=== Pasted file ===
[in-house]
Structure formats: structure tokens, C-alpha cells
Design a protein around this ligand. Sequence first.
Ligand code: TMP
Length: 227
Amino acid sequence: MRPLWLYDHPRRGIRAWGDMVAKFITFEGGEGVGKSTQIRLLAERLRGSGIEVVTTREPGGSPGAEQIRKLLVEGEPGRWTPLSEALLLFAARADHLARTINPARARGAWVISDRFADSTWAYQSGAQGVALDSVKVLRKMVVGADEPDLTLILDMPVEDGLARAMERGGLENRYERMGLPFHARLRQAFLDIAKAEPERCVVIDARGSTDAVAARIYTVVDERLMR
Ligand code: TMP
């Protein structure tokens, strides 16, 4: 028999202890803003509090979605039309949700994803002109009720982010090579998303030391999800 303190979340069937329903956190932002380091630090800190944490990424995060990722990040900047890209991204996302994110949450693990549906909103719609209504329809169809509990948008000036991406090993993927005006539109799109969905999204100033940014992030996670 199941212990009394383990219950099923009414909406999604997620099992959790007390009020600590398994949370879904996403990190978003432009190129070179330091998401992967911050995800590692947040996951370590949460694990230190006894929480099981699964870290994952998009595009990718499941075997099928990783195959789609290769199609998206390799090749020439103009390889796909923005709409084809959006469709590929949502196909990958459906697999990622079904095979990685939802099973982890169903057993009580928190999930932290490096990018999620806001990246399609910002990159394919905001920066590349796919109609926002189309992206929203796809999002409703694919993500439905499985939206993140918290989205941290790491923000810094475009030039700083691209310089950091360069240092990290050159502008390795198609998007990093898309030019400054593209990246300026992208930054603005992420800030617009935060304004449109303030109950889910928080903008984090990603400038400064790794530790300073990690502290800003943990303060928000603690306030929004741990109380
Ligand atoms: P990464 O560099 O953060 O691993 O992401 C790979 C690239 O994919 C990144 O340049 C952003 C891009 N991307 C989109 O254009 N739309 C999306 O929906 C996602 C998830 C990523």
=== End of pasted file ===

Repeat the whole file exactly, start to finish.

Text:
[in-house]
Structure formats: structure tokens, C-alpha cells
Design a protein around this ligand. Sequence first.
Ligand code: TMP
Length: 227
Amino acid sequence: MRPLWLYDHPRRGIRAWGDMVAKFITFEGGEGVGKSTQIRLLAERLRGSGIEVVTTREPGGSPGAEQIRKLLVEGEPGRWTPLSEALLLFAARADHLARTINPARARGAWVISDRFADSTWAYQSGAQGVALDSVKVLRKMVVGADEPDLTLILDMPVEDGLARAMERGGLENRYERMGLPFHARLRQAFLDIAKAEPERCVVIDARGSTDAVAARIYTVVDERLMR
Ligand code: TMP
């Protein structure tokens, strides 16, 4: 028999202890803003509090979605039309949700994803002109009720982010090579998303030391999800 303190979340069937329903956190932002380091630090800190944490990424995060990722990040900047890209991204996302994110949450693990549906909103719609209504329809169809509990948008000036991406090993993927005006539109799109969905999204100033940014992030996670 199941212990009394383990219950099923009414909406999604997620099992959790007390009020600590398994949370879904996403990190978003432009190129070179330091998401992967911050995800590692947040996951370590949460694990230190006894929480099981699964870290994952998009595009990718499941075997099928990783195959789609290769199609998206390799090749020439103009390889796909923005709409084809959006469709590929949502196909990958459906697999990622079904095979990685939802099973982890169903057993009580928190999930932290490096990018999620806001990246399609910002990159394919905001920066590349796919109609926002189309992206929203796809999002409703694919993500439905499985939206993140918290989205941290790491923000810094475009030039700083691209310089950091360069240092990290050159502008390795198609998007990093898309030019400054593209990246300026992208930054603005992420800030617009935060304004449109303030109950889910928080903008984090990603400038400064790794530790300073990690502290800003943990303060928000603690306030929004741990109380
Ligand atoms: P990464 O560099 O953060 O691993 O992401 C790979 C690239 O994919 C990144 O340049 C952003 C891009 N991307 C989109 O254009 N739309 C999306 O929906 C996602 C998830 C990523």